“What we keep hearing from passengers is how beautiful and beautiful nature is that we show them. For example, we are going sea kayaking in the Apostle Islands. We go bird watching at the Schlitz Audubon Nature Center. These are things that people otherwise wouldn’t have had the opportunity to do if they hadn’t taken this cruise that takes them to these places. We are definitely seeing a very strong interest in nature-focused, expert-led excursions.

What other local gems have you highlighted?

“Specific to Milwaukee, we did the Urban Ecology Center, hiking with their hiking experts. At Schlitz Audubon we actually did seaglassing as well as birdwatching. We worked with Milwaukee Kayak Company and kayaked with naturalists on the Milwaukee River so that was really awesome too. Other things are more touristy, for example, we do a church and chocolate tour and show some amazing churches in Milwaukee. We do a Milwaukee greatest hits tour, where we show the Harley-Davidson Museum, the Pabst Mansion, the North Point Lighthouse and the Milwaukee Museum of Art. We have something for everyone in each of the cities we create these experiences for.

How has the growth of your shore excursion business impacted the Milwaukee Food & City Tours brand?

“We find that as people get off the ship, they extend their stay. They arrive in Milwaukee a few days early before their cruise…and stay a few days longer after their cruise ends. And they explore Milwaukee, and they don’t just use Milwaukee Food & City Tours. We make sure they know all the other tour operators in town and all the other attractions they can visit. …I think that’s the beauty of what we’ve been able to do with Great Lakes Shore Excursions. It’s not just our tour operator – we use literally hundreds of other suppliers and tour operators on the Great Lakes and are able to inject revenue into their businesses as well. … Being able to spend money locally in each of the communities was really important to me, and it was amazing to see that personal impact.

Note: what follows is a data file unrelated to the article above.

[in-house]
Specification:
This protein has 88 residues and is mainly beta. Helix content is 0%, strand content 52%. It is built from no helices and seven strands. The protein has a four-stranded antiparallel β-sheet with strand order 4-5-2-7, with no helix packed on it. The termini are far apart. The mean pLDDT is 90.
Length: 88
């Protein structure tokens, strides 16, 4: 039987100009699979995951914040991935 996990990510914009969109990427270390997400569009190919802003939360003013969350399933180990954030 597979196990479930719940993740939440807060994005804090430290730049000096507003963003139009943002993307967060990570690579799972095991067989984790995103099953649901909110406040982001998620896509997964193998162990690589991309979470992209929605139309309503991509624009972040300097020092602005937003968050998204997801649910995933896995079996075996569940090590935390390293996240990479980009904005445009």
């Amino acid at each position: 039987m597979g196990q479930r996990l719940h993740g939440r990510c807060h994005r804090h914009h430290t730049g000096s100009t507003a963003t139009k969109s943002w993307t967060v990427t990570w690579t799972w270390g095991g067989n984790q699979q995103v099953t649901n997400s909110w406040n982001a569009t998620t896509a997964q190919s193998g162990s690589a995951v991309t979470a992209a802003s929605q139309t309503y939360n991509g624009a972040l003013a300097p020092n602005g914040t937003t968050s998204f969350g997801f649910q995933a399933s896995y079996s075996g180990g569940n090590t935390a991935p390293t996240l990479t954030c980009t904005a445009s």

“During our research and our search for growth, we had the opportunity to research all these other companies that service the cruise industry for shore excursions. We have been to Alaska, for example, and we have reviewed a company that took 40 years to build what it has done for all cruise lines (this tour) I have six months to do it and I’m in the middle of that six months…. It’s evolving to a pace so fast because growth is coming into the market. By 2024, there will be such an increase in demand for cruises (on the Great Lakes).”

What awaits you as local tourism continues to make a comeback?

“As we look to the future, we’re looking at the impact of the 2024 Republican National Convention on the capabilities of not just Milwaukee, but also Chicago. Right now, I’m making all my reservations for 2024 for blocks of hotel rooms and for buses because I have to make sure that all of my customers and our cruise ships can still come to Milwaukee and Chicago at that time when inventory is going to be really tight and expensive.

“As we continue to grow, I think greater opportunities continue to come our way and so we just continue to react to those opportunities and talk to people and see how we can meet those needs. None opportunity that presents itself to us is not too crazy.

milwaukeefoodtours.com

greatlakesshoreexcursions.com

About Marc Womack